The next morning, I noticed some messages from my close friend Ben, aka Marching Band, whom I’d met while in Monson, ME at Shaw’s in 2015, after I flipped up from Harper’s. He had also been headed SOBO with another hiker named Gingerbeard, and we inevitably formed a little trio of companions until we reached Rangeley, ME and turned work for stay duties into our winter job.

Marching Band, Gingerbeard, and myself in 2015. Who wouldn’t want to hike with these weirdos!? Photo cred: Casey Anne

Ben had informed me that he would be in the area visiting mutual friends in Shepherdstown, WV, around the same time that we’d hit Harper’s Ferry, which is basically the next town over, and said that he wanted to hang out. Next thing I knew, Ben appeared outside our room and we had a mini reunion. He offered to slackpack us through Harper’s, take us up to the ATC to retrieve a package and get our pictures taken, and then drive us over to Shepherdstown for lunch and to stay at our friend Bea’s.

We wasted no time and slacked from yesterday’s stopping spot on the C&O Canal towpath, following that for a couple miles to the famous train bridge that crosses the Potomac River into Harper’s Ferry, complete with a footbridge for pedestrians that is the actual AT.

From there the walk through historic Harper’s is a bit of a stroll into the past, as it winds upwards between old houses and outbuildings, up steep uneven stone stairs, past an old church, and finally by Jefferson’s Rock before side-hilling over and down to a parking area by the highway bridge over the Shenandoah River, which the AT also crosses before the trail finally dips back up into the woods south of town.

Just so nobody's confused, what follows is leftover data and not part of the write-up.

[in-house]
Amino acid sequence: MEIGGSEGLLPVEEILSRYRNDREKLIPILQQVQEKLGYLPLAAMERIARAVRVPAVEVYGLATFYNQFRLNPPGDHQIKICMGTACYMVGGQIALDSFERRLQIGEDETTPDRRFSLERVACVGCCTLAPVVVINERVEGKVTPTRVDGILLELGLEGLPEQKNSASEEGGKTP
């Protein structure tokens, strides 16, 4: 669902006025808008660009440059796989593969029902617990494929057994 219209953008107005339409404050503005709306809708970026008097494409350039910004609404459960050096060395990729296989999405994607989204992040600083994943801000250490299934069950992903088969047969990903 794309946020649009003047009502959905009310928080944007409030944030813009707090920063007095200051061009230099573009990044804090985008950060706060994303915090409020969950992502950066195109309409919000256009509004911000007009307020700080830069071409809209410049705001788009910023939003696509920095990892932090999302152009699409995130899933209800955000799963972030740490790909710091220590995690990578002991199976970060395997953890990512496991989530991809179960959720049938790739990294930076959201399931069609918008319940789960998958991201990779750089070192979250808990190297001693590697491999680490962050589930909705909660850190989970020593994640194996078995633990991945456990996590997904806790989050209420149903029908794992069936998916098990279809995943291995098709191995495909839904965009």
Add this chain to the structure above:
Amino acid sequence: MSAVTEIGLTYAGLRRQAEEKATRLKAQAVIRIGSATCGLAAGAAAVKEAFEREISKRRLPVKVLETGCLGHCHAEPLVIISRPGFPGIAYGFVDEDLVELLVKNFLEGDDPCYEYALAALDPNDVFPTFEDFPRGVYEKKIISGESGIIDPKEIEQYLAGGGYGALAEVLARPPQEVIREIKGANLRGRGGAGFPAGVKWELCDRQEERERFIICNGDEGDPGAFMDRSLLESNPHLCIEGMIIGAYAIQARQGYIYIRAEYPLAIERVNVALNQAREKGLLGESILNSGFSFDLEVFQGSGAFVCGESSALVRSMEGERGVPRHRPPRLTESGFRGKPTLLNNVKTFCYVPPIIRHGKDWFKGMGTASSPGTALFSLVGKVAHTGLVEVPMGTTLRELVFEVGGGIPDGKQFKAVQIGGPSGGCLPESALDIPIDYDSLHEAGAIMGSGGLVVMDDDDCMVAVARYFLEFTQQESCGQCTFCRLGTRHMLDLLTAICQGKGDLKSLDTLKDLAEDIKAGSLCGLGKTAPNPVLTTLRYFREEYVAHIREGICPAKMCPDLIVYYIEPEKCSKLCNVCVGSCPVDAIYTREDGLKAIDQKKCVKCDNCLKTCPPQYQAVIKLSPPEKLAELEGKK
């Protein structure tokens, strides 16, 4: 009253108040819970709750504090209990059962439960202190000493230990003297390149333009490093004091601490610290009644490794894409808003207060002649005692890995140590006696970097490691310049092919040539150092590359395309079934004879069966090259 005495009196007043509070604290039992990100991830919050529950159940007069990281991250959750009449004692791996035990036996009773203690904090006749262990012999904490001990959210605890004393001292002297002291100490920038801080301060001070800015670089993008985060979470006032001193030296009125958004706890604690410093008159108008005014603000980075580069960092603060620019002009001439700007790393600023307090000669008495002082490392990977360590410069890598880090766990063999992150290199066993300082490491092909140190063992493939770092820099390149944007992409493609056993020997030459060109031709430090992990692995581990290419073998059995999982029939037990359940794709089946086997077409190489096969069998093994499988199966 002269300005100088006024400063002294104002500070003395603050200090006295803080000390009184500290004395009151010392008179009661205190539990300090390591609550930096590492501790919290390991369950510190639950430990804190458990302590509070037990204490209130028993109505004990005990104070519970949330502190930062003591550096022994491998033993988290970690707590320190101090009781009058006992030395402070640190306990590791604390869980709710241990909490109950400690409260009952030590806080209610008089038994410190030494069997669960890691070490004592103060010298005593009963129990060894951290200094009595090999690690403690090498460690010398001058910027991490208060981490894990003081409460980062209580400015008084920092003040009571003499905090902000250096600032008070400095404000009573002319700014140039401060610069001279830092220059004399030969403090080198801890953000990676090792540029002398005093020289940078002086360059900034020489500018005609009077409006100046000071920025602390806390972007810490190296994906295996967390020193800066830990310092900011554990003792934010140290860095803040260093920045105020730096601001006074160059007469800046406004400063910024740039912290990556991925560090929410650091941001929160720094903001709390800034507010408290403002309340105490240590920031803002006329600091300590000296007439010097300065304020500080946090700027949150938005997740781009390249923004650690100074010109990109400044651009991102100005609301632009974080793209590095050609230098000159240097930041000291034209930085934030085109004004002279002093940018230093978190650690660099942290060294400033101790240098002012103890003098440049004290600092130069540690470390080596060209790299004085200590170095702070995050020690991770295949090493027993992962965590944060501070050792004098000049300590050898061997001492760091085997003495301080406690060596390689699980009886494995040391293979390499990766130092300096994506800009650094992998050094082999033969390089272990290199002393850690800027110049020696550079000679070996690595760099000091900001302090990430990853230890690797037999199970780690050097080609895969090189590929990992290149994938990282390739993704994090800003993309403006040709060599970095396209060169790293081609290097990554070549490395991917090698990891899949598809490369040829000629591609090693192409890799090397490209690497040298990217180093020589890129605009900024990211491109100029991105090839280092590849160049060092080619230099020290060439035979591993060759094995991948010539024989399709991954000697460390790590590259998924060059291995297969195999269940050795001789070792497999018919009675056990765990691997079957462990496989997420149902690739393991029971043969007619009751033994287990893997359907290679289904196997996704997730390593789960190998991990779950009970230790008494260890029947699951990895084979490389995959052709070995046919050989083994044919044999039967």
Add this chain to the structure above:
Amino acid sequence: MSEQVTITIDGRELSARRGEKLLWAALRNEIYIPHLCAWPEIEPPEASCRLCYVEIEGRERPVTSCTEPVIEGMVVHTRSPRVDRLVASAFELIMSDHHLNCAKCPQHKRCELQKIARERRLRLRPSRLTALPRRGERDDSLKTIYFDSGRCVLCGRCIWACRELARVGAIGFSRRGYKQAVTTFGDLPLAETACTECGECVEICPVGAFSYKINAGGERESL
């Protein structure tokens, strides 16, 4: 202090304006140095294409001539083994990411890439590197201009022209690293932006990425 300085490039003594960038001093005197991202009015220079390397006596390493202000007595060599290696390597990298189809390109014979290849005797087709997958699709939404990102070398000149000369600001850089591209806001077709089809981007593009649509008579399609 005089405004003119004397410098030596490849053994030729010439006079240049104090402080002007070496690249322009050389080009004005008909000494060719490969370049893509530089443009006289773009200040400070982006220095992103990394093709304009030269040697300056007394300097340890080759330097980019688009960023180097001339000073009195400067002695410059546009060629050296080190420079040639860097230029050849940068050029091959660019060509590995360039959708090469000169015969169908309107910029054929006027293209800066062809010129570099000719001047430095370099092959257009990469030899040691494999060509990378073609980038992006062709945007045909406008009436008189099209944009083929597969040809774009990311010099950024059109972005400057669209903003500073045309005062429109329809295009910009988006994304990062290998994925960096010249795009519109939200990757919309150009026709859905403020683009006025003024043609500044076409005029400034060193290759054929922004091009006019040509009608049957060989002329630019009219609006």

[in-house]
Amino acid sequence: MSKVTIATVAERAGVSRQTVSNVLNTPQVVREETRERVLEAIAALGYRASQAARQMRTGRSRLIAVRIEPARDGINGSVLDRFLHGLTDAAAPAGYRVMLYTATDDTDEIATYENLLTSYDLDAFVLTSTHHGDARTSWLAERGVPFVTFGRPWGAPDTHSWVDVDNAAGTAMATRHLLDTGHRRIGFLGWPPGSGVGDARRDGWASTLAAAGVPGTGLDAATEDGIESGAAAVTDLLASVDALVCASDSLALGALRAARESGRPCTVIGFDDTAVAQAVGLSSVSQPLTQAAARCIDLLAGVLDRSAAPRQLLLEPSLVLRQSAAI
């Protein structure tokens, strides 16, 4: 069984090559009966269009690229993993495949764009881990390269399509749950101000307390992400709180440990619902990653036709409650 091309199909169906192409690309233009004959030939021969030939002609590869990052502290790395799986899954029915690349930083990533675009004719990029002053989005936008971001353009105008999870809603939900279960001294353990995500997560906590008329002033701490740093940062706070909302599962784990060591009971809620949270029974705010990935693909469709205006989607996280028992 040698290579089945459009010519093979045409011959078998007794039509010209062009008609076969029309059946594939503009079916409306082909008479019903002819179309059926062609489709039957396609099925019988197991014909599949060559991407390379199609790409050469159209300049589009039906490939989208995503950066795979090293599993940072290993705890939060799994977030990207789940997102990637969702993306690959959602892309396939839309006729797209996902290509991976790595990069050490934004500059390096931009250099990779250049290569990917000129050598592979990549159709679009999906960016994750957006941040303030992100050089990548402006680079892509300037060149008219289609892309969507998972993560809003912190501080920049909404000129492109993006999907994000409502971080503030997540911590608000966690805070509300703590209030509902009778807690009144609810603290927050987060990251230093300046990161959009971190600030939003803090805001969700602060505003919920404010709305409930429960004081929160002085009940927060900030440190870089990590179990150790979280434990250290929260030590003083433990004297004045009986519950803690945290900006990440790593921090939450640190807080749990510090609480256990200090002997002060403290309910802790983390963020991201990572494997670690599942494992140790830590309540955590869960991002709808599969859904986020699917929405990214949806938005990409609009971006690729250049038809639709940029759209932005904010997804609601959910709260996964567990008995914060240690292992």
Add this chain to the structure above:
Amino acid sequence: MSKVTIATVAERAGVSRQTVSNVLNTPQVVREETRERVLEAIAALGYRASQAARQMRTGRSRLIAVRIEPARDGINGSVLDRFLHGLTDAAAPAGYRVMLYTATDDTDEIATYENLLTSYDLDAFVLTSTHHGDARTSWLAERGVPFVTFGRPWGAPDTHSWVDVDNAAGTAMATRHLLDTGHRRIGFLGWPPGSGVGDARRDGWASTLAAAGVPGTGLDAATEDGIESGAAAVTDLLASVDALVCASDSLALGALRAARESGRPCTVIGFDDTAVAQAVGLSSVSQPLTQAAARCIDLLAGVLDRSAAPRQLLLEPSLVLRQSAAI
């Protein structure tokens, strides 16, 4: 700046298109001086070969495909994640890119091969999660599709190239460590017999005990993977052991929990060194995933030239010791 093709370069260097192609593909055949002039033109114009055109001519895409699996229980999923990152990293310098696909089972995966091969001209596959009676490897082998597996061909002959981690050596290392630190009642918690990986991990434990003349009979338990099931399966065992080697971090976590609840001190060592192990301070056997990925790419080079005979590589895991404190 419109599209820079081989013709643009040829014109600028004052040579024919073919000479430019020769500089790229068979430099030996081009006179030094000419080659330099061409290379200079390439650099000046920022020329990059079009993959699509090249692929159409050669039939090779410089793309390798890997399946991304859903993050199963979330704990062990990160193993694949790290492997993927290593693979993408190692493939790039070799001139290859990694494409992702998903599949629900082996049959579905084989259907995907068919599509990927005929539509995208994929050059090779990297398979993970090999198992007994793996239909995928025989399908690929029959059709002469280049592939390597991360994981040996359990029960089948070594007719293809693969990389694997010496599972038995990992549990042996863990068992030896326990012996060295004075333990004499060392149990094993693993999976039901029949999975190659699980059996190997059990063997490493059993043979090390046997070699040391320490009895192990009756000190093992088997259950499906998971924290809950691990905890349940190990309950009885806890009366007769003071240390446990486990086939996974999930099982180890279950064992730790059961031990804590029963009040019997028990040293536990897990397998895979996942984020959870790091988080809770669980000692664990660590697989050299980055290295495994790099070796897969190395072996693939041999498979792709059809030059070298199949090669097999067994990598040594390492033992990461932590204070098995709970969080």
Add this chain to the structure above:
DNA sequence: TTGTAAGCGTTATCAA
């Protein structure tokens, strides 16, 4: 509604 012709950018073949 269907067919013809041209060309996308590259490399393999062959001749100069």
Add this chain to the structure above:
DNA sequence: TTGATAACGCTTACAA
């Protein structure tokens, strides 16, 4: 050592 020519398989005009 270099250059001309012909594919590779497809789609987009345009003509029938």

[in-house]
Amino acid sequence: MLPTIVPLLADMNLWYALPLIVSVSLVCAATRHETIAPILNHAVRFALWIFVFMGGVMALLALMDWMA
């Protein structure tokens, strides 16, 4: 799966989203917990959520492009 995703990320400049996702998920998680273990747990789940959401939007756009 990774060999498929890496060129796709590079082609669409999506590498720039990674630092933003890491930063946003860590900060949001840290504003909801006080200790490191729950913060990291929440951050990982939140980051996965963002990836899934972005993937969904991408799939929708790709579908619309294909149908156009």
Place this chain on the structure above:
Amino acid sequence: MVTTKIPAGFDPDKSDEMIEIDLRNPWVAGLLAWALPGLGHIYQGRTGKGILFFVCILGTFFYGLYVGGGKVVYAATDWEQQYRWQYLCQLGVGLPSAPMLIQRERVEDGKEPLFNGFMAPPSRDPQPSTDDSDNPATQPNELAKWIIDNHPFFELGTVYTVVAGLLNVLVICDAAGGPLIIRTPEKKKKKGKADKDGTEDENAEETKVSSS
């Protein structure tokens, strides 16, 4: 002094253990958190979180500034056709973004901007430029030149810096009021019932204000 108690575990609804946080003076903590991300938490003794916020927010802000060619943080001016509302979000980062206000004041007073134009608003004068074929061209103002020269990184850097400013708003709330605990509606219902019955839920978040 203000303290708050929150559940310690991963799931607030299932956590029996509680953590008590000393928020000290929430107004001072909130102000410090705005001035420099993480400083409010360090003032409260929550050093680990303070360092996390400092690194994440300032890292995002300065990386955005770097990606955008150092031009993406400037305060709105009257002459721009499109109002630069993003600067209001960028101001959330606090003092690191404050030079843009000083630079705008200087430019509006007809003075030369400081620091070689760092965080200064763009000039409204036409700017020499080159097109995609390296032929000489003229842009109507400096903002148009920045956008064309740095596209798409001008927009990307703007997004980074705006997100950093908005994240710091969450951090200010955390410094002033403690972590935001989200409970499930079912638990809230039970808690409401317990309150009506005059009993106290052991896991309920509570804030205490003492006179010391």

We met a sleeping Ben in the lot, and after waking him up from his nap we drove up to the ATC. Ben had driven thru the night from Alabama to get to our neck of the woods, so he was understandably slightly zombieish. As soon as we walked into the ATC we were immediately led back outside to get our photos taken. We filled out the photo with our info: the date we started our thru-hike, the date we arrived in Harper’s, trail names, hometowns, hike plans (NOBO/SOBO/FF), and email for contact, and put it in the binder for this year. Our numbers in the flip-flopper spectrum were 183 and 184.

I also had mailed a package to the ATC, but they did not have it. Someone working there phoned the post office, and we were informed that we could wait for the ATC to go get it, or we could just go get it. It hadn’t been delivered because I failed to add my name in the “to” section, addressing it only to the ATC, though I included my name and hold for thru-hiker on each side of the box. It was definitely a nitpicky scenario, but we drove over and grabbed the package, and I learned a lesson that I won’t soon forget about how to properly address a mail drop.